Central bank demand remained robust in July. Global gold reserves increased by 37t (net), below June’s 64t increase.
According to Krishan Gopaul, senior analyst for Europe, the Middle East, and Africa at the Council, the net increase in July was less than the 64 tons recorded in June. “In addition to 270 tons of net purchases in H1, this brings the central bank’s demand since the beginning of the year to around 300 tons,” he said.
The Qatar Central Bank was the largest buyer, adding 15t of gold to its official reserves in July. This addition appears to be the largest monthly increase on record (back to 1967), although it should be noted that early data is patchy. Its gold reserves now stand at 72t (10 percent of total reserves), the highest on record in tonnage terms.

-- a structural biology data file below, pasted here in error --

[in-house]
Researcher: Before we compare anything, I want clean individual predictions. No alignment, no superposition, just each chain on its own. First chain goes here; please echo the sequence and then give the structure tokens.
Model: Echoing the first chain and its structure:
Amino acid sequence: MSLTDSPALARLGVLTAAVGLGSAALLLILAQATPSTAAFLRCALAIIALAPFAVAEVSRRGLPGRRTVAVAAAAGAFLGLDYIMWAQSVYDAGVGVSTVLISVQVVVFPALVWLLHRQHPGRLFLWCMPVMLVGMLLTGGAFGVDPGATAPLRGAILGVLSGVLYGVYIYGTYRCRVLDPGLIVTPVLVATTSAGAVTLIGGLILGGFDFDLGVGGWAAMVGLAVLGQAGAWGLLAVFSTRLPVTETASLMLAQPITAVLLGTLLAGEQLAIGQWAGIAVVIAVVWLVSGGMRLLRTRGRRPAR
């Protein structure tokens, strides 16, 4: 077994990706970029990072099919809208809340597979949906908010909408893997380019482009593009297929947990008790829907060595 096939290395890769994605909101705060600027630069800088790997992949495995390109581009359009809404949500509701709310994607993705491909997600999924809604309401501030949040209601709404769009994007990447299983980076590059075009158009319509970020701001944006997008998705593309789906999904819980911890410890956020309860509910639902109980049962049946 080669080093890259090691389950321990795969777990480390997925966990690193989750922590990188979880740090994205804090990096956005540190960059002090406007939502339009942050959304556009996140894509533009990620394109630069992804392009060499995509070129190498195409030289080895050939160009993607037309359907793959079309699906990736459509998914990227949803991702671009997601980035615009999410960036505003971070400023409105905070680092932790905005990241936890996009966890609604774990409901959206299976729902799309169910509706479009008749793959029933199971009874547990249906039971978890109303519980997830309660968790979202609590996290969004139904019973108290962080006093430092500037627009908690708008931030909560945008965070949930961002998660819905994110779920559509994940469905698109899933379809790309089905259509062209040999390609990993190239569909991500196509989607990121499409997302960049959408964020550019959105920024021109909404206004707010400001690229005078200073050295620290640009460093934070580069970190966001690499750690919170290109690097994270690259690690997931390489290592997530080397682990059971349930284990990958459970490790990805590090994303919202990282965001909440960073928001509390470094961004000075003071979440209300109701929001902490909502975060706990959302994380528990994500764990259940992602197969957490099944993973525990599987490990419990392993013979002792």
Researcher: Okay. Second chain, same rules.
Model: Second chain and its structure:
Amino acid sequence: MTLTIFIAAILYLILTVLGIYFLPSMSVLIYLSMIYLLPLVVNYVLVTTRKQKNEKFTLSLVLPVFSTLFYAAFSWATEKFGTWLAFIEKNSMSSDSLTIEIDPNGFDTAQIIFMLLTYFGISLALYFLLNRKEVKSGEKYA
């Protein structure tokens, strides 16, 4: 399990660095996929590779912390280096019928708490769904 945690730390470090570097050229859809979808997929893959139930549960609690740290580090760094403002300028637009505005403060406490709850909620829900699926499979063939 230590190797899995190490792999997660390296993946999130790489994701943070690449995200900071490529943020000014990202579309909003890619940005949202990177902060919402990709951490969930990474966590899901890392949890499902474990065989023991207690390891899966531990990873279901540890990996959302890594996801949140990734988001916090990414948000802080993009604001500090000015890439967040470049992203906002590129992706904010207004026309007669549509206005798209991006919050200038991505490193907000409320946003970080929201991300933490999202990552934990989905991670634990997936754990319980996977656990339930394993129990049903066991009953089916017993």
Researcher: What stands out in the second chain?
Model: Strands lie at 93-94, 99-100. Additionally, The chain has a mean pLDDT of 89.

The Reserve Bank of India, a regular buyer, added over 13t tonnes to its gold reserves – the highest monthly purchase since September 2021 (19t). This lifts total gold reserves to 781t, up 27t year-to-date.
The Central Bank of Türkiye (Turkey) increased official gold reserves by 12t in July. This is broadly in line with the monthly average so far this year and takes y-t-d net gold purchases to 75t. Total official gold reserves now stand at 469t, a two-year high.
Additionally, the Central Bank of Uzbekistan bought a further 9t of gold in July – the same volume as in June. After selling 25t in Q1, net purchases for the year so far now total 11t. Gold reserves now total 373t (61 percent of total reserves).
Meanwhile, the National Bank of Kazakhstan was the only notable seller according to officially reported data. It sold 11t in July, bringing its y-t-d net sales to just under 30t. Total official gold reserves now amount to 373t, accounting for 64% of total reserves. As reported by Bloomberg, the bank indicated that any further sales would be dependent on market conditions.